Genetic Neuropathology of Parkinson's Disease.

Laboratory of Neurogenetics, National Institute on Aging, Bethesda MD, USA.
International journal of clinical and experimental pathology (Impact Factor: 1.89). 02/2008; 1(3):217-31.
Source: PubMed


Parkinson's disease (PD) has long been considered to be a sporadic entity, perhaps with an environmental etiology. However, recent genetic discoveries have challenged this view, as there are many families with diseases of Mendelian inheritance that clinically resemble PD. Here, we will review in detail the neuropathological data relating to familial cases of PD. We will discuss the complicated relationships between the genetically defined cases and the two key pathological events seen in PD, namely loss of dopaminergic neurons in the substantia nigra pars compacta and the formation of protein inclusions, Lewy bodies, in the neurons that survive to the end stage of the disease course. These observations will be synthesized into an overall scheme that emphasizes the two key aspects of the neuropathology as distinct events and suggest that each gene tells us something a little different about the neuropathology of PD.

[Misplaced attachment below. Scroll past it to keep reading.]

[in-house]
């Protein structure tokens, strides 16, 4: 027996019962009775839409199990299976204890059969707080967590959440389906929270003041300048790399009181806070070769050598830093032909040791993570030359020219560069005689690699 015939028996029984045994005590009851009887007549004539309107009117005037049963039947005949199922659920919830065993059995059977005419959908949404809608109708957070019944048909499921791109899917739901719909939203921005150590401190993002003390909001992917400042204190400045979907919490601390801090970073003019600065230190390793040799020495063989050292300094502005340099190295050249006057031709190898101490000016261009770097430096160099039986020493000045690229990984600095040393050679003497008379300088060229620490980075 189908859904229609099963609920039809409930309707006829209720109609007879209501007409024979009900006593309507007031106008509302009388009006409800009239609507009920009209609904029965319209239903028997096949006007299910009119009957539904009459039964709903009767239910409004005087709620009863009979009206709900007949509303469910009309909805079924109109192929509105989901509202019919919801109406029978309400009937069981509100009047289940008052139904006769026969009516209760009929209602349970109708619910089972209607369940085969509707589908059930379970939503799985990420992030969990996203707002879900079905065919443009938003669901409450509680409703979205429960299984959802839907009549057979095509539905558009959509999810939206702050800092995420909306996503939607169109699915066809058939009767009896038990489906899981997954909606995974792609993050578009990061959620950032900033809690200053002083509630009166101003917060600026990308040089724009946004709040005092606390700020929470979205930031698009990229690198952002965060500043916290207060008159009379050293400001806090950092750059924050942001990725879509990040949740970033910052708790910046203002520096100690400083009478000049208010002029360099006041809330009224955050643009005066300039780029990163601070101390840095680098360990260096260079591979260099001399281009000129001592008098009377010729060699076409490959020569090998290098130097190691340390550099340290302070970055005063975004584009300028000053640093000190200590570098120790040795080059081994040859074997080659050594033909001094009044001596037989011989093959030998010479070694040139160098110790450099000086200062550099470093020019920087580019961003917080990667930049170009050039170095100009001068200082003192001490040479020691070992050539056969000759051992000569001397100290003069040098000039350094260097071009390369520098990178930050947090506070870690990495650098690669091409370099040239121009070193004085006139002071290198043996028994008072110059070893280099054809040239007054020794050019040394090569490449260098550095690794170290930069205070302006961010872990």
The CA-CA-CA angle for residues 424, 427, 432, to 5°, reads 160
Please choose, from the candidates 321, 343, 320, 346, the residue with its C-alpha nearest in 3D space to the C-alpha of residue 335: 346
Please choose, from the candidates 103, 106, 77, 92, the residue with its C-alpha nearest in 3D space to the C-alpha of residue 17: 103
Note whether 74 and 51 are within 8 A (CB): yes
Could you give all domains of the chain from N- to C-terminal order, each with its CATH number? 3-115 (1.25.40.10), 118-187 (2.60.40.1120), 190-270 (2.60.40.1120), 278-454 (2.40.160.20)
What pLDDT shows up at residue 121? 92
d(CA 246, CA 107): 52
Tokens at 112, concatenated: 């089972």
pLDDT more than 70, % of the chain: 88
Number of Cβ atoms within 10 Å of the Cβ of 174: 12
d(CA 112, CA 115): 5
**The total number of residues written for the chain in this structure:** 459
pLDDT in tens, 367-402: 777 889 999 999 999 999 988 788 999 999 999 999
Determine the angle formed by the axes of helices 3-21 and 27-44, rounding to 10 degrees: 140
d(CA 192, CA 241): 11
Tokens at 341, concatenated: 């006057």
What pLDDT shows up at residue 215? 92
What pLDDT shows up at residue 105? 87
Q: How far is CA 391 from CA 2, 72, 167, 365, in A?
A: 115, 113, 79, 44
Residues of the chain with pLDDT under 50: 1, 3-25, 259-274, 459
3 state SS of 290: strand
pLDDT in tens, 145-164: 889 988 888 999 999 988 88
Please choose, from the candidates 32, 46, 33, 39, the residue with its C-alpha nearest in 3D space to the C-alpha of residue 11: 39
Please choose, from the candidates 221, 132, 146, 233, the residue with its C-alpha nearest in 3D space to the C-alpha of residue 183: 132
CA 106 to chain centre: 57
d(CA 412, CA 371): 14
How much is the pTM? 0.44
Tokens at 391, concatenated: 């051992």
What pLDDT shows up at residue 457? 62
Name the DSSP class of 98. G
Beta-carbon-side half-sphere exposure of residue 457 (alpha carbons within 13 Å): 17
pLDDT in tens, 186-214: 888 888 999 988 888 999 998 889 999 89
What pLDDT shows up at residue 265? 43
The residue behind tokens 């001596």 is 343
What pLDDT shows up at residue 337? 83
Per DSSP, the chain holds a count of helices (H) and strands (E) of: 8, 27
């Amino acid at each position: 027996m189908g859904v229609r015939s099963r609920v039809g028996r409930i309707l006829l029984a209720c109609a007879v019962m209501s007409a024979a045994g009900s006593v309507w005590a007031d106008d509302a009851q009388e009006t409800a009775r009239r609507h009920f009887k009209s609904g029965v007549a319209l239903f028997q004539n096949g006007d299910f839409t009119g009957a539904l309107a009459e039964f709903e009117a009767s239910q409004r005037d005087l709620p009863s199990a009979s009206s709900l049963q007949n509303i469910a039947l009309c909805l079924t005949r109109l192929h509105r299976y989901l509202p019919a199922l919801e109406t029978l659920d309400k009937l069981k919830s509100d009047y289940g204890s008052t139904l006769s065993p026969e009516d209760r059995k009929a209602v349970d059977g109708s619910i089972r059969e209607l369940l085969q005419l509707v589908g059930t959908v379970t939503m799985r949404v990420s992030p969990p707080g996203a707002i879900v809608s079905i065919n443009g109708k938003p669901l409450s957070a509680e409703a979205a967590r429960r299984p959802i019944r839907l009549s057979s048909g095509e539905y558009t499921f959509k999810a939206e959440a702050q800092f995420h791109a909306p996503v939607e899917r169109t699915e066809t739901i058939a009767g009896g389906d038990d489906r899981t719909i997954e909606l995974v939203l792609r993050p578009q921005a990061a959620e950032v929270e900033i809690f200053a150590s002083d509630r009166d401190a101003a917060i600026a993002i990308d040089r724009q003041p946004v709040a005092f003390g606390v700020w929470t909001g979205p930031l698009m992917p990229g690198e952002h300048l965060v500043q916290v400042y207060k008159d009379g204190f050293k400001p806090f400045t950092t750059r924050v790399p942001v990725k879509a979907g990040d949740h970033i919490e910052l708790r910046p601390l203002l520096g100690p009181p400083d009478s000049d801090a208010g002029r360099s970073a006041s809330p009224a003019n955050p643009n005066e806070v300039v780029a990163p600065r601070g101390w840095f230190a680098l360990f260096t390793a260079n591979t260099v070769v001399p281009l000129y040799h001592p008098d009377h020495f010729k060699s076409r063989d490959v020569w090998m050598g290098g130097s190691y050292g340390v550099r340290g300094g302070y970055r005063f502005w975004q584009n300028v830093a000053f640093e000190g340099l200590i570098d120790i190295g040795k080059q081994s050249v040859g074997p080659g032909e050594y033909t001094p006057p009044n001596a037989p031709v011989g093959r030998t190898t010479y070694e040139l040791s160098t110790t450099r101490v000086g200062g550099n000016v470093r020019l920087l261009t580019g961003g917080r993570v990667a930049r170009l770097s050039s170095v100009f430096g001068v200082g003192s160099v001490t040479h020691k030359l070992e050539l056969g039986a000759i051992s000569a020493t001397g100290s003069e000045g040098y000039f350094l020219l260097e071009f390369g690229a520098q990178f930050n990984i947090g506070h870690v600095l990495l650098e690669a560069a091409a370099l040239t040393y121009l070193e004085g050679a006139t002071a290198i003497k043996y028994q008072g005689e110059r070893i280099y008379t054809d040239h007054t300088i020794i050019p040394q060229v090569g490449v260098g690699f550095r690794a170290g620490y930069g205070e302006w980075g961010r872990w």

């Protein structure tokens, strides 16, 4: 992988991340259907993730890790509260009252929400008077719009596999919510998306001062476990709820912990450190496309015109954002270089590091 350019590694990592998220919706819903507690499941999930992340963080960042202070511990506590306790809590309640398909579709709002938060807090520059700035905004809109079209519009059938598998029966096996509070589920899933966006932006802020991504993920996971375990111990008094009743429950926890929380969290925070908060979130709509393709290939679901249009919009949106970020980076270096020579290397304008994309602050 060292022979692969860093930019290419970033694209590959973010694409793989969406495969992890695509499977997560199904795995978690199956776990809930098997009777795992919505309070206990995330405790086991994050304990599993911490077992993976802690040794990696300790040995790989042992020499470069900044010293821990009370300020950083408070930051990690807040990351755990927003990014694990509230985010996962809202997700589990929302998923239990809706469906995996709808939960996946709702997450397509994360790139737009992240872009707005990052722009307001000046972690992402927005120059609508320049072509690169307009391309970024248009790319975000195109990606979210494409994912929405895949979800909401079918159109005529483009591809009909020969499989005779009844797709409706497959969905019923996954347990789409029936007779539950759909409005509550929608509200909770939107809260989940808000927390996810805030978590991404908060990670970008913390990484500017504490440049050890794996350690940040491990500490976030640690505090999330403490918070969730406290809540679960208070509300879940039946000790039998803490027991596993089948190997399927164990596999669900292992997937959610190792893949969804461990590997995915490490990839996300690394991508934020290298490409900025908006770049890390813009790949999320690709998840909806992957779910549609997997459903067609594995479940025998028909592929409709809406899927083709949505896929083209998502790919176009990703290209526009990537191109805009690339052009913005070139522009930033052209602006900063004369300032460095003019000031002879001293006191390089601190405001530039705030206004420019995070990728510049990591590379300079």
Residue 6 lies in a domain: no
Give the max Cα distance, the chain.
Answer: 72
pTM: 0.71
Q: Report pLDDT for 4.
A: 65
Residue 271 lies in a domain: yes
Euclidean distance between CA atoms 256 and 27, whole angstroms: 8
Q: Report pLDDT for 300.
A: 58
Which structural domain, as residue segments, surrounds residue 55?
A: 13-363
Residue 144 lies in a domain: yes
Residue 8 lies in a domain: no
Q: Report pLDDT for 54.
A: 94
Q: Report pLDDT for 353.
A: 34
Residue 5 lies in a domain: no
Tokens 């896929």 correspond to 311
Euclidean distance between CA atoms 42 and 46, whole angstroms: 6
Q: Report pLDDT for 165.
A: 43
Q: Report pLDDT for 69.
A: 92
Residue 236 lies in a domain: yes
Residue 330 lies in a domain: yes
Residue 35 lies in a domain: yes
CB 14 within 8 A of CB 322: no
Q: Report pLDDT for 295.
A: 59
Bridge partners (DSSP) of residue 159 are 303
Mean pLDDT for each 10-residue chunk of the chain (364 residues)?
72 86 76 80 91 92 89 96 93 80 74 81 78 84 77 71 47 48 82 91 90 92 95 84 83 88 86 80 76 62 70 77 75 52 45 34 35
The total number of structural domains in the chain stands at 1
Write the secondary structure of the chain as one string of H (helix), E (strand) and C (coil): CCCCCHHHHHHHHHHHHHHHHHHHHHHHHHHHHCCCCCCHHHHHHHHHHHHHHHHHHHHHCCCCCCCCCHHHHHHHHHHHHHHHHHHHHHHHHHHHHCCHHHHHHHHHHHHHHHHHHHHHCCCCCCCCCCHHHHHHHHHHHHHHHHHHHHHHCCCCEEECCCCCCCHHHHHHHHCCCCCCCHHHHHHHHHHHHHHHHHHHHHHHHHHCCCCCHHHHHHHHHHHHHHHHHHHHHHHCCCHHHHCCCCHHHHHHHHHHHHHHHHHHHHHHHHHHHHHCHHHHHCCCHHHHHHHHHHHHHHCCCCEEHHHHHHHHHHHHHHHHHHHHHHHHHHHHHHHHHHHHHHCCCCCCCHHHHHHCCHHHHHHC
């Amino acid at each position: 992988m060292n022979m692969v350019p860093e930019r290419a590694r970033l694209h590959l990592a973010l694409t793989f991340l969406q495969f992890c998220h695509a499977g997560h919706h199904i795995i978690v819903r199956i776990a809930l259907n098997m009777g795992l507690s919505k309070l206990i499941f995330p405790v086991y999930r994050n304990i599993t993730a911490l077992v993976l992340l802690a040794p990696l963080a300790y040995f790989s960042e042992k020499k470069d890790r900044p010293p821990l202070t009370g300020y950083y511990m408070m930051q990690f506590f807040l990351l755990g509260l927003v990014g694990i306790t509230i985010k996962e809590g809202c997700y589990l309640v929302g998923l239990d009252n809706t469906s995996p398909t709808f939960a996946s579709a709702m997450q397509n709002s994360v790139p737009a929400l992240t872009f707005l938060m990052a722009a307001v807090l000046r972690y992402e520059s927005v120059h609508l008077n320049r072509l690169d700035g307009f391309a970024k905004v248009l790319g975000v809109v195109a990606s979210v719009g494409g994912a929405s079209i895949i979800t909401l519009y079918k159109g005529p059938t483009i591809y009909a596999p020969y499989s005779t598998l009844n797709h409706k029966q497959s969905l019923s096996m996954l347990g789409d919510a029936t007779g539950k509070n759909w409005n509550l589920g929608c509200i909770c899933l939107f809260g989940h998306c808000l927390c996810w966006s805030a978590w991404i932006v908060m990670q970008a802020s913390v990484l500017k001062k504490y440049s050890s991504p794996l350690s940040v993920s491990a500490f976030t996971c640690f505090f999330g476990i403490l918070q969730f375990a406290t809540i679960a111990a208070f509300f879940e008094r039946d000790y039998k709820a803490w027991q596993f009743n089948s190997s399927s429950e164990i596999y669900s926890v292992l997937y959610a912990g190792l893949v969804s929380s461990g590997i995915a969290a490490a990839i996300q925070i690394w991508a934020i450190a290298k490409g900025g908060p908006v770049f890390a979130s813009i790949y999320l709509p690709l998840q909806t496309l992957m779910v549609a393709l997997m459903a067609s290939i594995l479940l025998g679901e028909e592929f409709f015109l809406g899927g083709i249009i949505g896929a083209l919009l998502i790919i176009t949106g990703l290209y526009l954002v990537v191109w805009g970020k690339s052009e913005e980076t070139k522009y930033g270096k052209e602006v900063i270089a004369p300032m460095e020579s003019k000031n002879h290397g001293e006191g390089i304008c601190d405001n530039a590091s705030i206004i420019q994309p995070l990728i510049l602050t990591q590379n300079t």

12 Reads
  • Source
    • "For example, our lab has shown that toxic manganese exposure can induce aggregation and altered uptake of a-Syn in rat primary choroid plexus cells within 2 hours [49]. In addition, there are many genetic mutations in proteins other than a-Syn that contribute to a-Syn toxicity and PD development [52,53]. The G2019S LRRK2 mutation, the most common mutation found in familial PD phenotypes, has been showed to interact with a-Syn during chaperone-mediated autophagy and consequently, promote a-Syn dysfunction [54]. "